Postscript

After 75 days and 12,000 kilometres, we arrived home safely on Saturday September 16. It was quite a trip, and we are very grateful for all of the wonderful places and things we have seen, not to mention the great people we have met along the way. Most of all, we are thankful for our safe return. Thank you for following us and for your comments and good wishes. Where next? We’re not sure, but we’ll let you know when we find out!

September 13-15

September 13-15

Head-Smashed-In Buffalo Jump was designated as a UNESCO World Heritage Site in 1981, and the designer of the Interpretive Centre, which opened in 1987, won the 1990 Governor General’s Award for Architecture. It is easy to see why; it rises in levels set into the cliffside, and is so unobtrusive that you literally can’t see it until you are standing directly in front of it. At the top level, there is access to the Upper Trail, which takes you to the cliff which the Blackfoot used to herd buffalo over.

The name Head-Smashed-In Buffalo Jump, contrary to popular assumption, does not refer to the buffalo, but rather, seems to have derived from a legend:

“A long time ago, the people were driving buffalo over these sandstone cliffs. A young brave wanted to watch the buffalo rumbling past. Standing under the shelter of a ledge, as if behind a waterfall, he watched the great beasts fall. The hunt was unusually good that day and as the bodies piled up, he became trapped between the animals and the cliffs. When his people began the butchering, they found him with his skull crushed by the weight of the buffalo carcasses. Thus, they named this place “Head-Smashed-In”.”

When first used 6000 years ago, the cliff was 20 metres high. Each time the jump was used, thick layers of bone, tools, rock rubble and soil built up. Today the cliff is only 10 metres high:

The view of the Oldman River Valley from the Upper Trail:

We spent close to 2 hours in the Interpretive Centre (far longer than we had planned!) because there was so much to see and learn. It is one of the most well-designed and engaging centres we have ever come across, and we enjoyed all of it, topped off by an outstanding video which recreated the hunt which would have taken place thousands of years ago, acted and narrated by Blackfoot actors. It was absolutely riveting.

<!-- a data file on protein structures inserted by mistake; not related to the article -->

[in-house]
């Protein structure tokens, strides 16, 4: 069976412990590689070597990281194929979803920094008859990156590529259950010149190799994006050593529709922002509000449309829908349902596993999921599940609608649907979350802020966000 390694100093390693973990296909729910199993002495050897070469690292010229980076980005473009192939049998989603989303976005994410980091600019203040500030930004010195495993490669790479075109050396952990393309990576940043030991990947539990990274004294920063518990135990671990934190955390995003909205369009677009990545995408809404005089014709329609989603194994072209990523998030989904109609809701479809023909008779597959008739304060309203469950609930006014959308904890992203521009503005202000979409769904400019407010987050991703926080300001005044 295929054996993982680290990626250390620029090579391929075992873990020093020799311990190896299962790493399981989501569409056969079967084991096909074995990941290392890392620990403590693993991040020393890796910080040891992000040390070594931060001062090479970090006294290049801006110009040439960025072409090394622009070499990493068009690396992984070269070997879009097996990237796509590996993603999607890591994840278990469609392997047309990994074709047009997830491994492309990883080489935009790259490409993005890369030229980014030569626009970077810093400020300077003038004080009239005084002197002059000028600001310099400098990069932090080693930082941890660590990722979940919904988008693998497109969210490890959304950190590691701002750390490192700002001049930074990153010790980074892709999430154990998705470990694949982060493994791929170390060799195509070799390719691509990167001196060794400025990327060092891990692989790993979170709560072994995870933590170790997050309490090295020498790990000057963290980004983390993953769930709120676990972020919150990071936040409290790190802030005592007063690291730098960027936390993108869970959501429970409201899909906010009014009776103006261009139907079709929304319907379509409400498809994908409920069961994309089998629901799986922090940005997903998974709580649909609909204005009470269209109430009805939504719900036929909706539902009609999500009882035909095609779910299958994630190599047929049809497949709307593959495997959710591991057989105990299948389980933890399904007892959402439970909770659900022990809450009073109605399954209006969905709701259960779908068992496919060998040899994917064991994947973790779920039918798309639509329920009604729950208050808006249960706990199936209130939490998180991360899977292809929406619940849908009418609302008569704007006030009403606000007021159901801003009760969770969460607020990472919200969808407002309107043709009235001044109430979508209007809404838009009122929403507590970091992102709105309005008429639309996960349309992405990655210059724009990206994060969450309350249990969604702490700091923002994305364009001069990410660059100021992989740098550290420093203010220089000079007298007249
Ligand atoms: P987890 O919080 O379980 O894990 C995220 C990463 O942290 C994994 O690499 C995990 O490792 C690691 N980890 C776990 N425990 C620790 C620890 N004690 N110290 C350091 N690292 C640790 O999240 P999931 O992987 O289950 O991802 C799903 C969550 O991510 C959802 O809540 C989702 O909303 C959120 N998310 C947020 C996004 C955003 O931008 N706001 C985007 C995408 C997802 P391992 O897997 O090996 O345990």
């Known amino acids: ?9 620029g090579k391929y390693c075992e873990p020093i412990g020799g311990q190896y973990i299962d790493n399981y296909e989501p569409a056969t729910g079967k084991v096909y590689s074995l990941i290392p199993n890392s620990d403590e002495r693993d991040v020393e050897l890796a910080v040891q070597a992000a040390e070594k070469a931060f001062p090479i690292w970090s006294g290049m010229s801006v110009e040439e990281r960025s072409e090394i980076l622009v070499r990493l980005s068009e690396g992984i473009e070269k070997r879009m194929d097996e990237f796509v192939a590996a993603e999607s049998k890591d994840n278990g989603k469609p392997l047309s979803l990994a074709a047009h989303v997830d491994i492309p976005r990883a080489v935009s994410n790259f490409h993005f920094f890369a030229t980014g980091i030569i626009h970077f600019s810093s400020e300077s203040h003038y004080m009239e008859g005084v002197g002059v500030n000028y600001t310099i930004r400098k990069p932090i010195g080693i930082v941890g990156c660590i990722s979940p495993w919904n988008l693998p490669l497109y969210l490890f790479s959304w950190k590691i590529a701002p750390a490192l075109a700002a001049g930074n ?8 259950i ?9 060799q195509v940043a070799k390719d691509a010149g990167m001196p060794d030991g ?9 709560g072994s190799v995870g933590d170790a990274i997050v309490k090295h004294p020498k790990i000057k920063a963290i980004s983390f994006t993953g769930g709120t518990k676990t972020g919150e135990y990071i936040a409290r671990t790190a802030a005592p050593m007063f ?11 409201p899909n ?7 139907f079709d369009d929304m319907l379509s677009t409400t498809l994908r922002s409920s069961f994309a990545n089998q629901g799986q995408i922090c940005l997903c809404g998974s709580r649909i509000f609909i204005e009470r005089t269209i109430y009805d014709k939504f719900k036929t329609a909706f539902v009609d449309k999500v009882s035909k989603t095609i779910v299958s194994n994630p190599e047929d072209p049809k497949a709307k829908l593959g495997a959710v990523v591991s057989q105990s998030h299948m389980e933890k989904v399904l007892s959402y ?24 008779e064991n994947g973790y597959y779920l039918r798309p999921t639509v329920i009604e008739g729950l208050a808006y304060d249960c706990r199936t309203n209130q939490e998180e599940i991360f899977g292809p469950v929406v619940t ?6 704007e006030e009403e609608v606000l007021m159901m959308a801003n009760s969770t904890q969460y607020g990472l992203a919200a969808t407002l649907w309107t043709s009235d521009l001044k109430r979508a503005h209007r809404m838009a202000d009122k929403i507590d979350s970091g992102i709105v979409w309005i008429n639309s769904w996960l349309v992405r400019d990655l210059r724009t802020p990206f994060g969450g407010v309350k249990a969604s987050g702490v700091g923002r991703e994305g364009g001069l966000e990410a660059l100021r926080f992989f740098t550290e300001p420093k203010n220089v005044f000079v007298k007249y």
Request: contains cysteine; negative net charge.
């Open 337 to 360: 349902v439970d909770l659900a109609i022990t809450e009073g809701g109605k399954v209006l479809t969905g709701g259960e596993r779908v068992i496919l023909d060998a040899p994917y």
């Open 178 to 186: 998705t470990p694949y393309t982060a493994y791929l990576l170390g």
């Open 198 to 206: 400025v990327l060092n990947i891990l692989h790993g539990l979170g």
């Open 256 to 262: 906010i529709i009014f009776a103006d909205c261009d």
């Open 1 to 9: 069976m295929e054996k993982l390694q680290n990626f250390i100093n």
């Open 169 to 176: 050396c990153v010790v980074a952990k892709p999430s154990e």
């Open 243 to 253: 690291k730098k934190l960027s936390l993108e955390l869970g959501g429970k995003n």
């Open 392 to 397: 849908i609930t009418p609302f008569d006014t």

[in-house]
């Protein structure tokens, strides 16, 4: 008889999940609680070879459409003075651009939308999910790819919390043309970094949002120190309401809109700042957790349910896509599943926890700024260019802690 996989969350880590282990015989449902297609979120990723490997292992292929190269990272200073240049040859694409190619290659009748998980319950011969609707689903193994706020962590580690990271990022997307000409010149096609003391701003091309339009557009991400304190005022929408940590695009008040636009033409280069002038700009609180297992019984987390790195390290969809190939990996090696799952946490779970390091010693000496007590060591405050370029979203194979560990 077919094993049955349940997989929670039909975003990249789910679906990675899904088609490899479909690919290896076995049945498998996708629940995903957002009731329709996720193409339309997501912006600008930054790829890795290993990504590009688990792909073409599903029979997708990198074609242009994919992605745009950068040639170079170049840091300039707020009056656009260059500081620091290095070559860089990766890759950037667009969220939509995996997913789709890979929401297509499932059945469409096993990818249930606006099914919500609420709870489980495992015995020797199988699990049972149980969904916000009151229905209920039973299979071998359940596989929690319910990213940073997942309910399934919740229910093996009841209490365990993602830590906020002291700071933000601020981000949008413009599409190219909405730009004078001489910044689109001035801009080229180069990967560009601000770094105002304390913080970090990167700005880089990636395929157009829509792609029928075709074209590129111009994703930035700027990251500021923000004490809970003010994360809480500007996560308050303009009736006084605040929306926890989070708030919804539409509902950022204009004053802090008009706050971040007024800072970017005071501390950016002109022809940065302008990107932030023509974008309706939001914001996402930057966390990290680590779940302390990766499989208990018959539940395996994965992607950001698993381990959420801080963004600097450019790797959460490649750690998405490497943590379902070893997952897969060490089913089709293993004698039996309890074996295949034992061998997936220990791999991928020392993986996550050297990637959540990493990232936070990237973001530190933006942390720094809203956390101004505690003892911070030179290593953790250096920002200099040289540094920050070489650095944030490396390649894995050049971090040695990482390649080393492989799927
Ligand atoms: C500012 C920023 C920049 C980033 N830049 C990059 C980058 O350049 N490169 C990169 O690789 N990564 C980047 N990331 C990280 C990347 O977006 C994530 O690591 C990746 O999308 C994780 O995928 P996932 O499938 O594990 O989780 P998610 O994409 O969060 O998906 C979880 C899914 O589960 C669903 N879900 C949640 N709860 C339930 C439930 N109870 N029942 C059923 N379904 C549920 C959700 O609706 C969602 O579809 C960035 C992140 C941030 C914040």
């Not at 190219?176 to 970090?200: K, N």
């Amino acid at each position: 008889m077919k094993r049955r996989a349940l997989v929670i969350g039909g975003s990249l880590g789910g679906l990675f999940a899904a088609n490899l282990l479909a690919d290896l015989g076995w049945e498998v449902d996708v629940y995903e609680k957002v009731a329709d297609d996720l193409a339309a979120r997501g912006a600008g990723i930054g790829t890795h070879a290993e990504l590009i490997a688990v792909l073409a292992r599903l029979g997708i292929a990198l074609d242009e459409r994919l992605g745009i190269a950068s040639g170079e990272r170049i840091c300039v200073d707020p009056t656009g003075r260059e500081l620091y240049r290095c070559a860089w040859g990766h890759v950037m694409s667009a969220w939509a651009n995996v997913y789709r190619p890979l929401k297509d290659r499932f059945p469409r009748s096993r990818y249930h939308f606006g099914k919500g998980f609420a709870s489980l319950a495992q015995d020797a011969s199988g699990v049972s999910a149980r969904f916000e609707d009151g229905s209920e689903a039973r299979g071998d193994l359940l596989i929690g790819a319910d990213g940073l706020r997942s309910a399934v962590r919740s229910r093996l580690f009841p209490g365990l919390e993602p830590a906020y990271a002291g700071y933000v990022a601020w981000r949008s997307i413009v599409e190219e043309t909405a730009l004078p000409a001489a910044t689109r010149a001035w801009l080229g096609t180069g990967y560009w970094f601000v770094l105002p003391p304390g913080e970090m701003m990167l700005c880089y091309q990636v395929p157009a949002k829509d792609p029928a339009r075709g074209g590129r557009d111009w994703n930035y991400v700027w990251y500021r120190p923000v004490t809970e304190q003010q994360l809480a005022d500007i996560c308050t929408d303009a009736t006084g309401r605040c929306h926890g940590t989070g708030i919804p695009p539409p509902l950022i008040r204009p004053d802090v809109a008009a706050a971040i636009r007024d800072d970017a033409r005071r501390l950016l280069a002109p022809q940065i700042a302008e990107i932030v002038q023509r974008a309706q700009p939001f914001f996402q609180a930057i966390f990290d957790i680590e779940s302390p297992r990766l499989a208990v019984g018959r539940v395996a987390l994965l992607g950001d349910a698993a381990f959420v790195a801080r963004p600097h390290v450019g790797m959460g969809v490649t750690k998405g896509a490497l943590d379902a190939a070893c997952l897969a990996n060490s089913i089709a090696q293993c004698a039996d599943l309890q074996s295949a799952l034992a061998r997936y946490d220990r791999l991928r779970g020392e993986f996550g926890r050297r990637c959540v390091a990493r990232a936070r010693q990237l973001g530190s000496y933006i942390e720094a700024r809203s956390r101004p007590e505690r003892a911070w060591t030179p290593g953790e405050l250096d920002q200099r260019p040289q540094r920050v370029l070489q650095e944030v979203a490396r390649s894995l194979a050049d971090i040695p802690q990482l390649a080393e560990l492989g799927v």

Here are some photos from inside the centre:

A Bear in his tipi

And then there was this one of a kind piece of wood art; it is 70 inches high by 49 inches wide, made up of cedar, walnut, Tiger Wood, American cedar, Osage, Amarillo bloodwood, Purple Heart, bokote, zebrawood, Lacewood, canary wood, Yellow maple, rosewood, applewood and white aspen, which took 14 months to complete. Yours for only $18,000.

As we continued our drive toward the BC border on the Crowsnest Highway, we could see the fires burning near Pincher Creek and Cranbrook:

We stopped at Yahk Provincial Park for the night and found a lovely campsite next to the Moyie River:

The next morning, we were up early, with the goal of reaching at least Osoyoos. Driving Highway 3 (Crowsnest Highway) from Lethbridge to Osoyoos was new for us. We have driven it from Hope to Osoyoos going east, but never beyond that. What a treat! It is easily one of the most scenic drives anywhere, with stunning views around almost every turn. We actually wound up pushing as far west as Princeton before stopping for our last night on the road in Manning Provincial Park. Hard to believe that we will be home tomorrow!

We will celebrate our last night with some wine and a couple of games of cribbage in our cozy van seeing as it is 8 degrees outside and going down!

September 11-13

September 11-13

We said goodbye to Connie and Gary on our way out, then headed for Grasslands National Park. As we drove through the native reserve, this sign caught our eye:

Not a lot of grey area here…

We stopped in Weyburn to grab some breakfast and a few groceries, then continued on. The weather was still hot, but it was quite smoky and hazy, due to wildfires burning in Montana. There was also quite a crosswind to contend with, and the traffic was terrible:

Rush hour on the Red Coat Trail

We arrived in the village of Val Marie in the late afternoon, which serves as the gateway to the Park, and stopped at the information office. It was another half-hour drive into the park to arrive at the small Frenchman River Valley campground, which was pretty much full. The sky was  a literal blanket of stars, since there is little light pollution out here in the middle of the prairie.

The next morning, after a hearty breakfast, we drove back out to Val Marie to fill up our fresh water tank. Here is a little bit of history about Val Marie:

We then embarked on the “Eco Tour Drive” back towards our campground. Here are a few highlights: